Geoscientist Dirk Schulze-Makuch, co-author with William Bains of The Cosmic Zoo (2017) and a number of other books on planetary habitability, thinks science needs standardized scales for assessing claims about extraterrestrial life.
There are lots of claims: life on Mars detected by the Viking landers (1976), fossil life in a Mars-origin meteorite (1996), phosphine on Venus (2020) … all have some evidence in their favor. But scientists need a way to express degrees of certainty. Recently, NASA has proposed the Confidence of Life Detection Scale (CoLD), featuring seven benchmarks.
The main problem is that evidence that might suggest life could just as easily be a non-biological process:
Consider Jupiter’s moon Europa. A large asteroid impact could have volatilized ice on the surface, creating a water vapor atmosphere. Radiation from Jupiter could then have split the water molecules into oxygen and hydrogen, leaving the lighter hydrogen to escape to space and the heavier oxygen to be left behind. Just as with Europa, the discovery of oxygen in an exoplanet’s atmosphere, exciting at first, could turn out to have a purely physical explanation.
Finding large amounts of big organic molecules like chlorophyll in an alien atmosphere would be more exciting, since they are not known to form under abiotic conditions. By itself, however, that wouldn’t likely be proof enough. There would always be the nagging suspicion that some unknown non-biological chemistry is responsible.Dirk Schulze-Makuch, “Alien life: What would constitute “smoking gun” evidence?” at Big Think (March 29, 2022)
But, with so many new exoplanets coming into the view of the powerful new telescopes, a scale for assessing claims is an alternative to endless inconclusive buzz. NASA, for one, is on board with that:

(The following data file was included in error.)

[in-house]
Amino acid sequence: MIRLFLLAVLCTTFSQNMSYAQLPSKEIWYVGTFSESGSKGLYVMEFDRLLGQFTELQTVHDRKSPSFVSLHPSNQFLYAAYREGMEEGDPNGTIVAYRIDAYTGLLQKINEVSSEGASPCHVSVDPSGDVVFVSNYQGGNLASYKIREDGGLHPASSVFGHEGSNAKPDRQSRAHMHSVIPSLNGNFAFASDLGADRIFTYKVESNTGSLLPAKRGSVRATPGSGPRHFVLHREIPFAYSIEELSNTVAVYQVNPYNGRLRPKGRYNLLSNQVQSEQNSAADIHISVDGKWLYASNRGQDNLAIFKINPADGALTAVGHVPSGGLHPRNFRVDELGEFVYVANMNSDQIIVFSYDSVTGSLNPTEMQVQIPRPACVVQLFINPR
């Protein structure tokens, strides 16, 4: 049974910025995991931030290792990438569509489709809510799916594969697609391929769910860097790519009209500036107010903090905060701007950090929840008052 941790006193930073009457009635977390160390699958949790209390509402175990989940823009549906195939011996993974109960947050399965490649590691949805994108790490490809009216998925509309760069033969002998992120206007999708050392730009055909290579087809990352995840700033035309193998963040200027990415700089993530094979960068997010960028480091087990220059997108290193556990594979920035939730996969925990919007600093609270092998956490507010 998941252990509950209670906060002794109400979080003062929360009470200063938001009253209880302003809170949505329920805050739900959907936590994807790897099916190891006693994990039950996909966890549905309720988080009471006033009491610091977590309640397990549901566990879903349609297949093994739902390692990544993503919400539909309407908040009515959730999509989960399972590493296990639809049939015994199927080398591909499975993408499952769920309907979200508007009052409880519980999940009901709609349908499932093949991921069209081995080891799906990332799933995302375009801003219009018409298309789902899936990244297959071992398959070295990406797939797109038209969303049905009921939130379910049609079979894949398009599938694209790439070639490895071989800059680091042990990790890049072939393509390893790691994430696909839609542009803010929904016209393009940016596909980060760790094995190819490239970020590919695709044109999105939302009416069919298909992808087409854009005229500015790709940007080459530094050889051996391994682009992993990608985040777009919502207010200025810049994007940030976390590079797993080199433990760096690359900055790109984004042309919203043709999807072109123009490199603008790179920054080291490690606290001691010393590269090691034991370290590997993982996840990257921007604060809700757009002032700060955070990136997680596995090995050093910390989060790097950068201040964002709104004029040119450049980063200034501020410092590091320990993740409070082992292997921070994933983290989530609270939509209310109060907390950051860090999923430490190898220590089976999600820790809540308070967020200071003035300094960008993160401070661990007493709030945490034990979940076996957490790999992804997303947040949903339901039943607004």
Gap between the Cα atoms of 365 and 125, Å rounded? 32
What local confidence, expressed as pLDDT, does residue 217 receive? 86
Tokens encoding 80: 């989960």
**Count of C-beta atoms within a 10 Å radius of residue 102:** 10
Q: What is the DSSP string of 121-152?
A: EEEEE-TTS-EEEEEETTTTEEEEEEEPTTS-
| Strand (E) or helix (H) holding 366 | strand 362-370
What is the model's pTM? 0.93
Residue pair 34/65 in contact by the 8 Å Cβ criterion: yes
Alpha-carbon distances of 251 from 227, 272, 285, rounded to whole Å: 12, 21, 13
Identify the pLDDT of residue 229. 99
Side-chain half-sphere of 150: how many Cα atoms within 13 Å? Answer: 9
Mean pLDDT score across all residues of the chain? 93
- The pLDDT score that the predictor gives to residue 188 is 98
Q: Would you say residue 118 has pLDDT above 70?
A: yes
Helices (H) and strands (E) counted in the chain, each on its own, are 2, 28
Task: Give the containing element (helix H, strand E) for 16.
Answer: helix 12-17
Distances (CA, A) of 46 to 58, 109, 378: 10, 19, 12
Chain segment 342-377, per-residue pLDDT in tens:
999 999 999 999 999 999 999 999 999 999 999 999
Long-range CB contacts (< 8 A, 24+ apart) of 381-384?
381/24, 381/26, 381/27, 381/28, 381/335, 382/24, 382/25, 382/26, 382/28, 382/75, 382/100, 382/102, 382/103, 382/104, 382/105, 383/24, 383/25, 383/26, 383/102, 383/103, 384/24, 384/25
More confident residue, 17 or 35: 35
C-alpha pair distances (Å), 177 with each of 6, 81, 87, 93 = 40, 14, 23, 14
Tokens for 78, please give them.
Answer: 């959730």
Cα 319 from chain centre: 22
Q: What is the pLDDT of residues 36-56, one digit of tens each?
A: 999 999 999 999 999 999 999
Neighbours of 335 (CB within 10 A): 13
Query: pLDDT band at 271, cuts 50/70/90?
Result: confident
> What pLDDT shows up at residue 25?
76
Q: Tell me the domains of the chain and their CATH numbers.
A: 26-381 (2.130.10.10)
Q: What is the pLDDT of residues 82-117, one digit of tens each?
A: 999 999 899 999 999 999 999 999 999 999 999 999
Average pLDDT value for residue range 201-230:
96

The scale contains seven levels, reflective of the winding, complicated staircase of steps that would lead to scientists declaring they’ve found life beyond Earth. As an analogy, Green and colleagues point to the Technology Readiness Level scale, a system used inside NASA to rate how ready a spacecraft or technology is to fly. Along this spectrum, cutting-edge technologies such as the Mars helicopter Ingenuity begin as ideas and develop into rigorously tested components of history-making space missions.
The authors hope that in the future, scientists will note in published studies how their new astrobiology results fit into such a scale. Journalists could also refer to this kind of framework to set expectations for the public in stories about new scientific results, so that small steps don’t appear to be giant leaps.Elizabeth Landau, “Are We Alone in the Universe? NASA Calls for New Framework” at NASA Astrobiology (October 27, 2021)
Here’s the scale:
James Green, NASA’s chief scientist spearheaded the scale:
The paper’s authors stress that the scale is merely a starting point for a larger conversation with scientists and science communicators about the best ways to proceed if and when we discover evidence of alien life.
It also comes in the context of the upcoming launch of the powerful James Webb telescope, along with the Perseverance Mars rover searching for life on the Red Planet, meaning that such a finding might become a reality sooner rather than later.Tony Tran, “NASA says we need a plan for when we discover alien life” at Futurism (October 28, 2021)
Relative to where we stood decades ago, there are many clues to sift through, for example:
[Maggie] Thompson and her colleagues note that “methane is the only biosignature that the James Webb Space Telescope could readily detect in terrestrial atmospheres,” making it “imperative to understand methane biosignatures to contextualize these upcoming observations,” according to a study published Monday in Proceedings of the National Academy of Sciences.
Scientists are already trying to find biosignatures in the atmospheres of exoplanets that could hint at the presence of life, such as oxygen, oxone, and carbon dioxide. However, the molecular properties of methane line up with the JWST’s sweet observational spot at near-infrared wavelengths, making it a particularly important compound in the search for extraterrestrial life.Becky Ferreira, “Scientists Are Preparing for Our Best Shot Yet at Identifying Alien Life” at Vice (March 28, 2022)
We’ve come a long way from mere snatches of (maybe) information to the need for standards for evaluating the expected incoming mass of data.
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